10. Watch a movie at an open-air cinema
Summer in Athens means movie nights under the starlit sky, fresh popcorn, or even better, hot dogs and ice-cold beers. Most open-air movie theatres accommodate small round tables every two seats and people can enjoy their beverage and snack even more comfortably. This year, due to COVID-19 restrictions, open-air cinemas will operate at a 75% capacity without breaks. There are more than 40 open-air cinemas in the city, with Cine Thisio (7, Apostolou Pavlou Str., Athens) perhaps being the most well-known and pretty one, since just above the movie screen one can see the lit Acropolis.
Tip: Take with you a mosquito repellent, cream, or spray, and you can thank me afterward.
9. Attend a concert at the Lycabettus Theatre or the Herodion
Summer in the city also means outdoor concerts. Therefore try to attend a concert either at the Lycabettus Theatre or at the Herodion (Odeon of Herodes Atticus). The Lycabettus Theatre is on the Hill of Lycabettus, it was built originally in 1964 and seats 3,000 people. Lycabettus Hill is perhaps the most well-known hill of Athens after the Acropolis and it is visible from everywhere. You can reach the open-air theatre by car, on foot or by funicular. If you are lucky enough to attend a concert on the Lycabettus, do not miss the delicious hotdogs of the food booth outside the theatre entrance, and take a minute or two to enjoy the city lying beautifully lit beneath your feet.
The ancient Roman Odeon of Herodes Atticus
originally built in 174AD and fully reconstructed in 1955 is a stunning gem sitting on the southwest slope of the Acropolis Hill.
It is one of the prime locations for the Athens Festival
, happening every year from May until September, and has hosted many notorious artists, such as Maria Callas, Luciano Pavarotti, Frank Sinatra, Florence and the Machine, Jethro Tull, just to name a few. On its fine marble seats underneath that charming array of roman arches, more than 4,000 people can be accommodated.
Tip: Book as early as possible and do not expect to find a last-minute ticket, especially this year that venues will operate with a 50% capacity. The marble seats at the Herodion can get uncomfortable after a two-hour show, so take a small cushion in the backpack.
8. Visit the Central Market and eat like a local
Shopping for groceries at the Central Market of Athens can be quite an experience.
Although there are weekly open-air markets in every Athenian neighborhood (and all over Greece), the Central Market
of the city, located on Aiolou Street, near Monastiraki square, is let us say a shopping must.
The Market is huge, housed in a very tall, impressive building.
Dozens of producers sell their goods and advertise them, with loud voices, making jokes, teasing the shoppers. They usually offer small bites for free in order to lure you even more.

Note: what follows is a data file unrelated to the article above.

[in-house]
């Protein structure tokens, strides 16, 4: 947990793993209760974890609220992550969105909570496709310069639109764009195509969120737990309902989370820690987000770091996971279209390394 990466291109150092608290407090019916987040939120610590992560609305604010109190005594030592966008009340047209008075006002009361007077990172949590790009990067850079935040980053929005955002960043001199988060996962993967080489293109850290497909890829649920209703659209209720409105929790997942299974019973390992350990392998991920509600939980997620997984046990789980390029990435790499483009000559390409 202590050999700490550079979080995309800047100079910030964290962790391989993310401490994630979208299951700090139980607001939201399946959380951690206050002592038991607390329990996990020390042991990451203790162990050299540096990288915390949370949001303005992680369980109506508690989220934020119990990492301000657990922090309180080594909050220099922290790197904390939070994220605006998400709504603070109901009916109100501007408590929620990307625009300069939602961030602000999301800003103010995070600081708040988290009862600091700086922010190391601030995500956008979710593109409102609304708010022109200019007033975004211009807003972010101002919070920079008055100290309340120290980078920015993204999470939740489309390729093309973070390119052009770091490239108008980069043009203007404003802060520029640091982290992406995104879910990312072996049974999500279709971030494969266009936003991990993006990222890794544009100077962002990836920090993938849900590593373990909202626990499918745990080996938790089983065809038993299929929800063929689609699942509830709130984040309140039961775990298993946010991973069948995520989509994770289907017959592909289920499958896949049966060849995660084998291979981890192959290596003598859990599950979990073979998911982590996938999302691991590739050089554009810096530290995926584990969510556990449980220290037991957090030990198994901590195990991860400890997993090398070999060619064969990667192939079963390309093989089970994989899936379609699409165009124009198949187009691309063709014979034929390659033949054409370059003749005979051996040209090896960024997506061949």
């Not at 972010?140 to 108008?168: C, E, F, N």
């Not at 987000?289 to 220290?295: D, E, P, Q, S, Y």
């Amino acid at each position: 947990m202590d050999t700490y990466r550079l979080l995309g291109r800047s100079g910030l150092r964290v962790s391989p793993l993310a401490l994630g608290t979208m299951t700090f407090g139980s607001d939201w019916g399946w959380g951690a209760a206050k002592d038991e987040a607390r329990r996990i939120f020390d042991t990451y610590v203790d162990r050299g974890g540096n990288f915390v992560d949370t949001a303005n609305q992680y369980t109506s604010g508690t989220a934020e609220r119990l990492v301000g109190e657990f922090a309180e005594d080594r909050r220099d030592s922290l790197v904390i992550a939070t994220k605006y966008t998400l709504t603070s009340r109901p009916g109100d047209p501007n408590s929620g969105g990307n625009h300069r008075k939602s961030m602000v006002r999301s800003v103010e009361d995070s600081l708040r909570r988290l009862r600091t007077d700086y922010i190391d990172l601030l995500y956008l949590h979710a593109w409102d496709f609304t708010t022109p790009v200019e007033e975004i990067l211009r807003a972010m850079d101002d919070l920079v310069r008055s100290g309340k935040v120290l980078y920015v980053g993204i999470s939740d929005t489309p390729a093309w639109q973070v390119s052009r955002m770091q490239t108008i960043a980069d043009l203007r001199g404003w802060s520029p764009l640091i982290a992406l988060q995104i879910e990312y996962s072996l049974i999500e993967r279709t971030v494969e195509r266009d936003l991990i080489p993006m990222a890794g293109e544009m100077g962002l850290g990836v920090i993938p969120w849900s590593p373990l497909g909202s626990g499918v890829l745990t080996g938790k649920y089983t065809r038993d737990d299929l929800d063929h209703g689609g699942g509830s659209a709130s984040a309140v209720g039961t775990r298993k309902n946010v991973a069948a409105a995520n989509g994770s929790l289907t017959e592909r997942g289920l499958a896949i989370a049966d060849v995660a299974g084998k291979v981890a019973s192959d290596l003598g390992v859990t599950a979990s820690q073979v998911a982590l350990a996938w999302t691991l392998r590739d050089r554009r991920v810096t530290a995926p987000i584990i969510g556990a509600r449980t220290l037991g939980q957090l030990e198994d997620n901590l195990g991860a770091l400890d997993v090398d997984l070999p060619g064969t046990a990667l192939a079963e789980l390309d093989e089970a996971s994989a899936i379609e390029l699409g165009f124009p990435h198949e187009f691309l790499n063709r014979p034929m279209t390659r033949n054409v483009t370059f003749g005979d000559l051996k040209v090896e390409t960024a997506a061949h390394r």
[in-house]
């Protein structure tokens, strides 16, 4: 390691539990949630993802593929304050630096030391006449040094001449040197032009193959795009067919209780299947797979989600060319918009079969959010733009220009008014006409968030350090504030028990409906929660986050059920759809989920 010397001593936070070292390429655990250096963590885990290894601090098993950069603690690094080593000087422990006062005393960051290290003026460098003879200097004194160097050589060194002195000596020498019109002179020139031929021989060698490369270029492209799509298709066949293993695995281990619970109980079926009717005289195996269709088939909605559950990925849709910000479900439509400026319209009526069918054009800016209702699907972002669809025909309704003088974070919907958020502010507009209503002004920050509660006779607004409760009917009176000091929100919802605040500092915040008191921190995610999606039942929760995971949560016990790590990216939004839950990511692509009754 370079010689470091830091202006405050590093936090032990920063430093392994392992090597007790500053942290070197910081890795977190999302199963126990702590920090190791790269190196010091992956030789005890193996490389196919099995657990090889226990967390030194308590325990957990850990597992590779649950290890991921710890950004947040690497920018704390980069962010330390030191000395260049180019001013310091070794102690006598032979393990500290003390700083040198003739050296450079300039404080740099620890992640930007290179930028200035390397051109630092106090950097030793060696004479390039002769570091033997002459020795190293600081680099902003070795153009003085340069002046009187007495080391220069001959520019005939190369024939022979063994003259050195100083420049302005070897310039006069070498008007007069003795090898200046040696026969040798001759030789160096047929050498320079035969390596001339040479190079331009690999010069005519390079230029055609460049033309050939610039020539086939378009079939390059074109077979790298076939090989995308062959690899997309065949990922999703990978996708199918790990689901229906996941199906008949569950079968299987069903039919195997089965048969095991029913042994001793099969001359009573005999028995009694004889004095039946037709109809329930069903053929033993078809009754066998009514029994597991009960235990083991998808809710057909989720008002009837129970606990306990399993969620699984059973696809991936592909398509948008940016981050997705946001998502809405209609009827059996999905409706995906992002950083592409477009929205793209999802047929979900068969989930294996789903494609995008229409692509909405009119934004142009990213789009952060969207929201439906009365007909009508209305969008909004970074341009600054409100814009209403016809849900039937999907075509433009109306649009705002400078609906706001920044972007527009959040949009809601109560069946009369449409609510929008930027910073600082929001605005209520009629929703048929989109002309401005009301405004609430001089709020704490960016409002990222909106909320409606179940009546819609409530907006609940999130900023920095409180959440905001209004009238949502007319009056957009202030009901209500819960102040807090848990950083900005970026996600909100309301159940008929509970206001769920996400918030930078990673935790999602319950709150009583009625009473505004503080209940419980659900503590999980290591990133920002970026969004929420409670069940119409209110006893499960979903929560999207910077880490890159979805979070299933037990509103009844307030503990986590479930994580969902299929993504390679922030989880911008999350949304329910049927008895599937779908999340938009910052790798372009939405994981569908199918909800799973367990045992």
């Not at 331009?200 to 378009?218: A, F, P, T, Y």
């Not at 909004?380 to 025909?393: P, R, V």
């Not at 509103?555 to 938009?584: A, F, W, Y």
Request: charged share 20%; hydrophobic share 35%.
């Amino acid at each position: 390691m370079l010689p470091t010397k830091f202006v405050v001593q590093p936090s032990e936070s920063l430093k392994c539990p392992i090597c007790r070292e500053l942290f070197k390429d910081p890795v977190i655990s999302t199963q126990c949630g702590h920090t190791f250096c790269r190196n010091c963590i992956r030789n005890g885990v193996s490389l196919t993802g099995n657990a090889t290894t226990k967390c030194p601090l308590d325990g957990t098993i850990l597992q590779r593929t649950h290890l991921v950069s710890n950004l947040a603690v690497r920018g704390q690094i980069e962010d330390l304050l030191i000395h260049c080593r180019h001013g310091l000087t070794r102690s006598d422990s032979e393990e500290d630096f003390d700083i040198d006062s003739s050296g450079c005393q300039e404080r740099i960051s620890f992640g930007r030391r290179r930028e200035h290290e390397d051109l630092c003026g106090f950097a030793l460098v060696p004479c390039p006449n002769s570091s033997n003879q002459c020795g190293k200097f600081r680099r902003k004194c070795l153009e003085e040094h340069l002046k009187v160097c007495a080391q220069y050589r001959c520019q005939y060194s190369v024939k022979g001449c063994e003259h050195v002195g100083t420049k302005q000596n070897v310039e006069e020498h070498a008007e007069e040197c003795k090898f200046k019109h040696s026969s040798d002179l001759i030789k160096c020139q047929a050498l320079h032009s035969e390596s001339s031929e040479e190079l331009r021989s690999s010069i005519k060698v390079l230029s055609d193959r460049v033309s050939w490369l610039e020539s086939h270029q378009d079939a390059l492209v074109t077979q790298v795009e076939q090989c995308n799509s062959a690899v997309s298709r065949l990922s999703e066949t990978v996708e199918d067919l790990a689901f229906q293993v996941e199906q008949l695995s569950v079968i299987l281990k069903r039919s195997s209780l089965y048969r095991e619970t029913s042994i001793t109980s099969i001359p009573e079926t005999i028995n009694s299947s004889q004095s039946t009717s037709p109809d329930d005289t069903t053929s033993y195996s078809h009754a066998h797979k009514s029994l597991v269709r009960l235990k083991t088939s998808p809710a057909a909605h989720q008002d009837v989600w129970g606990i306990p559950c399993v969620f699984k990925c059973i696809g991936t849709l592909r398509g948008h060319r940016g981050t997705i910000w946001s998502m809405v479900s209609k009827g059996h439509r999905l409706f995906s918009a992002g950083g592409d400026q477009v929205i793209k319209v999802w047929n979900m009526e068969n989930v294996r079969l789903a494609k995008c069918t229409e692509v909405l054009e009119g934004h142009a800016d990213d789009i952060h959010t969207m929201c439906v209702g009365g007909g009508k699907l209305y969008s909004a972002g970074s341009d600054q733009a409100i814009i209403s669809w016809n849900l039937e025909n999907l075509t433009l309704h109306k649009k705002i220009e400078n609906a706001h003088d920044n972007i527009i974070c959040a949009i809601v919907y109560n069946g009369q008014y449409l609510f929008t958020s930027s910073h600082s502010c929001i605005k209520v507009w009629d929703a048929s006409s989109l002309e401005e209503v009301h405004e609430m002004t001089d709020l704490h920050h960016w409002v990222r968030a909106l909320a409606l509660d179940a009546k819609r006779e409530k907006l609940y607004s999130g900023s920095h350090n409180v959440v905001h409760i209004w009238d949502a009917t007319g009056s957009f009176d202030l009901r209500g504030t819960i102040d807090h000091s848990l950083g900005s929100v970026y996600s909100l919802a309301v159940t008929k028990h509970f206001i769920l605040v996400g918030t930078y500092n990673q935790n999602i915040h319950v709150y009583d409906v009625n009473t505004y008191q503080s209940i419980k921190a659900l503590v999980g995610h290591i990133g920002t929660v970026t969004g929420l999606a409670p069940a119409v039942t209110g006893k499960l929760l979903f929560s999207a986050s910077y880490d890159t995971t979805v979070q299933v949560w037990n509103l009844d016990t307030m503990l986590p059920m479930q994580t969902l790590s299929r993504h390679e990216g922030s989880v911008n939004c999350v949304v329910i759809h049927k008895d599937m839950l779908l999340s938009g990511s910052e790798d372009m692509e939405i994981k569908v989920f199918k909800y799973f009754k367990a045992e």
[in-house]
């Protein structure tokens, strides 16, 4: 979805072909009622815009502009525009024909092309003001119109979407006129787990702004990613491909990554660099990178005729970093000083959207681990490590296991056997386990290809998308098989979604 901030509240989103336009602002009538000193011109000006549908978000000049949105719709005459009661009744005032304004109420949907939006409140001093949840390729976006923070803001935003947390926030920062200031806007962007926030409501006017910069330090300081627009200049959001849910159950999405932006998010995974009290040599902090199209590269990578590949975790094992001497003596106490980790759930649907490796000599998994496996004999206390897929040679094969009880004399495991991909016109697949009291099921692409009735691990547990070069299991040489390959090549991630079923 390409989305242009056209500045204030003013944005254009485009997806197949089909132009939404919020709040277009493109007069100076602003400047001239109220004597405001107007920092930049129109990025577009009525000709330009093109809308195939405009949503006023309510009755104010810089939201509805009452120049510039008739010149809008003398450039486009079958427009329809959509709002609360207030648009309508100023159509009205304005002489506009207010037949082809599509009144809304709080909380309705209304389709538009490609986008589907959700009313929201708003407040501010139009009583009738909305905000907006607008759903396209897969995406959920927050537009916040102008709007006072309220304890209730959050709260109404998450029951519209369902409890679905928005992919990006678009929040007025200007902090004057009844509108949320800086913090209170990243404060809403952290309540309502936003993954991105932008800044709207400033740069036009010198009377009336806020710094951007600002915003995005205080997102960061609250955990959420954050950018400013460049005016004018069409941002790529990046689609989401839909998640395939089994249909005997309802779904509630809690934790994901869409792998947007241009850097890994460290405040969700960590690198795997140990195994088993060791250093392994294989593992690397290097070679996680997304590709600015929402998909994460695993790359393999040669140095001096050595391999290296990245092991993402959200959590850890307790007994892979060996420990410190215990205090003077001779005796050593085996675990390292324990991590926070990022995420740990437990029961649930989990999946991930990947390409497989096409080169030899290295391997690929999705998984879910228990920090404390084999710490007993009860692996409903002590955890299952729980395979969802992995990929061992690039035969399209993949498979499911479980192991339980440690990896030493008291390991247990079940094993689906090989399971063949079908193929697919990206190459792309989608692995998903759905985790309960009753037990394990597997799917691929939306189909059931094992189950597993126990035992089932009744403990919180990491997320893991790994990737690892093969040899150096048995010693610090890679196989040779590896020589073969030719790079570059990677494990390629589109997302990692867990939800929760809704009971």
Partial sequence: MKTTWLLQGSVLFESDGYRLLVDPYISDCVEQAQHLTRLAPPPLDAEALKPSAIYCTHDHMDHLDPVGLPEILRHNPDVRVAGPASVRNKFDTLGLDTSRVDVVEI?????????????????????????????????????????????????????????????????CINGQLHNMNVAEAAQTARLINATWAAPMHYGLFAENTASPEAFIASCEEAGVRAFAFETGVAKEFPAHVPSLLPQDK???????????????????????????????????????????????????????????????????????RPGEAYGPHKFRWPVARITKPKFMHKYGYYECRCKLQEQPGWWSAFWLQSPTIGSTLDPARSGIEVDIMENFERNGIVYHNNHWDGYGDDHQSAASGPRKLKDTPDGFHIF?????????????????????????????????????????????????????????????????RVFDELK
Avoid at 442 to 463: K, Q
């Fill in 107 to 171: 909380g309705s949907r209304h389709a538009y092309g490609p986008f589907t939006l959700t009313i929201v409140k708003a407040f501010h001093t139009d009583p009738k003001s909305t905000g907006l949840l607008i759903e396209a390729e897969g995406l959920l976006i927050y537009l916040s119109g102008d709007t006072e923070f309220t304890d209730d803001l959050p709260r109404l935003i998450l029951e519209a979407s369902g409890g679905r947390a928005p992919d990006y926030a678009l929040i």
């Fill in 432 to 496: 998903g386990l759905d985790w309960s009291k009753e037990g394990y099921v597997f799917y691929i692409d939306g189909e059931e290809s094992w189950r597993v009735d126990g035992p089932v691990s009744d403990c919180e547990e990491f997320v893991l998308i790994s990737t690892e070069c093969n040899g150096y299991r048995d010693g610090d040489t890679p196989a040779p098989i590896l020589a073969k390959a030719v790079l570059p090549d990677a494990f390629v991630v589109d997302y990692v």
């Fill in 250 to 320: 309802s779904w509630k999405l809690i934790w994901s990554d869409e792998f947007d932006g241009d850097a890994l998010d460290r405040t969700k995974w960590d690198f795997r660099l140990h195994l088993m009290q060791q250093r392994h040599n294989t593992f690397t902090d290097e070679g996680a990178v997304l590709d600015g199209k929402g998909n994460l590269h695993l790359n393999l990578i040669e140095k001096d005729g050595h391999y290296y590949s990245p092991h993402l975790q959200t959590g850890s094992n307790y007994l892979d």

It is a journey full of colors, smells, and sounds. After shopping like a local, you can also eat like one.
The neighborhood is brimming with small eateries. You should definitely grab a souvlaki (Greek street food with small cubes of pork or chicken grilled on a skewer) or perhaps a box of loukoumades
(round bites of dough, fried until crispy outside, and then soaked in honey). Nowadays you can also find vegan versions (i.e. souvlaki with mushrooms), but it is not the real thing.
Tip: The Central Market operates between 7 am to 6 pm, so try it in the morning, for better quality and quantity.
7. Start a conversation with a local
Greeks are hospitable people, even though they have been through a lot in the last ten years. It will be good for you to chat with a local from Athens. It may be the waiter at the café or the restaurant, the owner of a shop, the local baker in the corner, or just your tour guide. Most Greeks, especially young ones speak English fluently, or even French, German or Spanish and will be happy to practice a foreign language. It will definitely be interesting culturewise, and it will give you the chance to really feel the city’s true pulse.
Tip: Try to avoid conversations on politics or religion; especially older people still remain somewhat sensitive on these matters.
6. Have a cocktail at one of Athens’ terrace bars (with an Acropolis view)
Athens is known for its spectacular terrace bars, where someone can enjoy a perfect Mai Tai or a Mohito eye-feasting on the beautifully lit Acropolis. A for Athens, Galaxy, Couleur Locale, Air lounge, Bios, and many more, offer terrific cocktails combined with lounge, chill-out music, and a night view of the Acropolis sparkling in your glass. Be wise not to miss this experience, because it equals the words “amazing summer night” in the dictionary.
Tip: On a Friday or Saturday night it would be better to reserve a table.
5. Watch the changing of the guard